SAN TAN VALLEY — At the age of 16, Combs High School junior Hailey Linnastruth is the top female shooter in her school-based club trap shooting conference.

And with another school year set to begin, she hopes to see more teens take up the sport of trap shooting.

Combs is home to the only school-based trap shooting club in Arizona.

“Before joining the trap club, I had never used a shotgun before,” she said. “My dad encouraged me to join the club and I’m glad I did. It’s fun and I’ve learned a lot.”

The 2020-21 school year for the first year the Combs trap club competed in a national conference. They ended the season with the conference high score and also had the No. 1 female shooter in the conference and the No. 3 male shooter.

“Trap shooting fills a niche in school sports and clubs,” said Combs assistant principal and one of the team coaches, Carl Hill. “Although we do have a football player and a cheerleader on the team, most of the kids don’t do other sports. Whole families come out for practice. It’s fun and the kids learn a lot.”

Teaching gun safety along with a long list of dos and don’ts is a priority in the club.

“Before the kids can even touch a gun, they have to pass a safety course,” Hill said. “They learn how to hold the gun, how to walk with it, where to store it and safety protocols. It’s a very intense training course and this is all before they can start to shoot.”

In a time when some might balk at the idea of teaching teenagers to shoot guns during a school-based activity, Hill said Combs has had support from the parents of students at the school and in the community.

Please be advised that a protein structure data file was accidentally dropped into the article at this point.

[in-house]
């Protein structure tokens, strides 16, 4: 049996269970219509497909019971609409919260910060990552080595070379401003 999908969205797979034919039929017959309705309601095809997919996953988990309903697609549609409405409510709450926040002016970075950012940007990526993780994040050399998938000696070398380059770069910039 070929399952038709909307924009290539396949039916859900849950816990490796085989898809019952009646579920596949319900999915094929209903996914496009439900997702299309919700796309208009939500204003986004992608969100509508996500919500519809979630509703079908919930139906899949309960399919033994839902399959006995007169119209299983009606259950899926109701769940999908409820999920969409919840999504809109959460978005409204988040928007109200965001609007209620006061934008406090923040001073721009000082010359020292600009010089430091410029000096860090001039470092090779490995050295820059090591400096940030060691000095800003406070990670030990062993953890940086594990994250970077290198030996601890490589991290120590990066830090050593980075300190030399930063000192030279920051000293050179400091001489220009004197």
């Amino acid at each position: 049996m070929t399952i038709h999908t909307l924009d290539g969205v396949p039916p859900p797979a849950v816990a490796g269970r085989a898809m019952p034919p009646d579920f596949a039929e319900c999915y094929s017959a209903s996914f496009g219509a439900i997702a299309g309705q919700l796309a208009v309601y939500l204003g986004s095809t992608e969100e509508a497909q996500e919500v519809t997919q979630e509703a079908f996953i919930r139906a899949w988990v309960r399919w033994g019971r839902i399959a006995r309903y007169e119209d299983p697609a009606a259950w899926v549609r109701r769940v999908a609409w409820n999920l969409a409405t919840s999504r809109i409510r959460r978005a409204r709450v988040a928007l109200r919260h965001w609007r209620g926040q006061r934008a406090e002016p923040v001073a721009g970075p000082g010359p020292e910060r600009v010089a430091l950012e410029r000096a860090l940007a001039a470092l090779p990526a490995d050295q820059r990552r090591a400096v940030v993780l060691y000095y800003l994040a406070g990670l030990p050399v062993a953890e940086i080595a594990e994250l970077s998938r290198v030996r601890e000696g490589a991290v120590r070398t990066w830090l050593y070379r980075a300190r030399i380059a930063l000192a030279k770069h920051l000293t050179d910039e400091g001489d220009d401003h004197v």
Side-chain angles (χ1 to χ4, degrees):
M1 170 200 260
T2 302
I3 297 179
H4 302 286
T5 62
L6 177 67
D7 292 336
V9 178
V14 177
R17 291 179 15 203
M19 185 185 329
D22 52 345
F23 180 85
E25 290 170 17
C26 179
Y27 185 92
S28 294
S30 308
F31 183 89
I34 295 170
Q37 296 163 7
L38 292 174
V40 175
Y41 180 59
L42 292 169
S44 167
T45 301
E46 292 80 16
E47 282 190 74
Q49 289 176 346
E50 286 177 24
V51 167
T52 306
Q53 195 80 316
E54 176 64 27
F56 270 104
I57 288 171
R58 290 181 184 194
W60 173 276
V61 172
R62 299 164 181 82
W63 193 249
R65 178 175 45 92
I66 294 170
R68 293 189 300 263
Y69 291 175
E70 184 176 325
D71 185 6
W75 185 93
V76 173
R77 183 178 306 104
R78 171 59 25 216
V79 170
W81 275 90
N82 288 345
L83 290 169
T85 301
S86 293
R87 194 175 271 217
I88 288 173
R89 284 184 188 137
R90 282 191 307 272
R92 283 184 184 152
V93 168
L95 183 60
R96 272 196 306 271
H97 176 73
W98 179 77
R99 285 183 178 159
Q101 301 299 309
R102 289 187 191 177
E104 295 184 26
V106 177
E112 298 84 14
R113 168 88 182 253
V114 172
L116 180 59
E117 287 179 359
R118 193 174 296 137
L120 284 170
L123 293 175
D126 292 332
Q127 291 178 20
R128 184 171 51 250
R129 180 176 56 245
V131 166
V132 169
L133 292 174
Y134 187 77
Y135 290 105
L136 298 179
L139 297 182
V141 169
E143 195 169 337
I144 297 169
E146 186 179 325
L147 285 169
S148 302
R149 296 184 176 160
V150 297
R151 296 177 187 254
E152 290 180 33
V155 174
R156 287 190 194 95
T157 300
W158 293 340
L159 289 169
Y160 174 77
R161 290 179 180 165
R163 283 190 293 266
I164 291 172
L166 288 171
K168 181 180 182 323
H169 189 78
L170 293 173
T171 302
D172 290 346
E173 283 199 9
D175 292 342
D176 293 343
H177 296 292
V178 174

“Trap shooting teaches the kids discipline,” Hill said. “I’ve had kids join who I thought would be goofy when they joined, but they get out there and they are serious and focused. Shooting is an addicting sport.”

The students adhere to the no-guns-on-campus policy and do not practice at the high school.

Practices are held on Saturdays at the Casa Grande Trap Club. Students in the club pay a fee to the USA Clay Target Association and also pay for each round of targets. Although some students own their own guns, others borrow from one of the seven coaches.

“The first thing we learn is a respect for guns,” said Walker Hargis, 15, a sophomore with the team. “We learn how to be safe.”

Hargis is the team’s No. 1 shooter. He finished the season No. 3 in the conference.

At each practice session, students shoot two rounds of 50 clay targets.

The school year has two seasons, a fall season that runs about five weeks and a spring season that lasts about seven weeks and ends with a state tournament.

Austin Guerra, one of seven coaches for the team, said he’s seen many of the students improve their shooting scores during the season.

“I’ve seen many of them go from being able to only hit 10 or 12 of the targets to being able to consistently hit 25 or more,” he said. “I’ve seen their stances and their focus improve.”

Because there are no other high school trap shooting teams in Arizona, the Combs team competes in a national conference that includes teams from across the country.

Because of COVID, the most recent tournament was held virtually, with teams sending in their scores.

The club started last year with nine students. During the 2020-21 season, it grew to include 22 students. While the majority of the students attend Combs, some are from other nearby schools.

Emerson Foot, 15, shoots with the club but attends East Mark High School in Mesa.

It’s open to all young people in grades six through 12. No experience is required.

Without other teams in the state, the club has few opportunities to vie against other kids in face-to-face competitions, but they recently attended an event hosted by a 4H shooting club. They also invited members of the Pinal County Sheriff’s Office to compete against the team.

“Our kids held their own against the sheriff’s department,” Hill said.

Going into the 2021-22 school year, Hill hopes the team is invited to tournaments throughout the state and into other states.

He also hopes other schools in Arizona soon start clubs of their own, giving the team more in-state students to compete against. “Trap shooting is one of the safest sports out there. I’d love to see more schools start their own clubs,” he said.


Melissa St. Aude is the Arts & Entertainment editor at PinalCentral. She can be reached at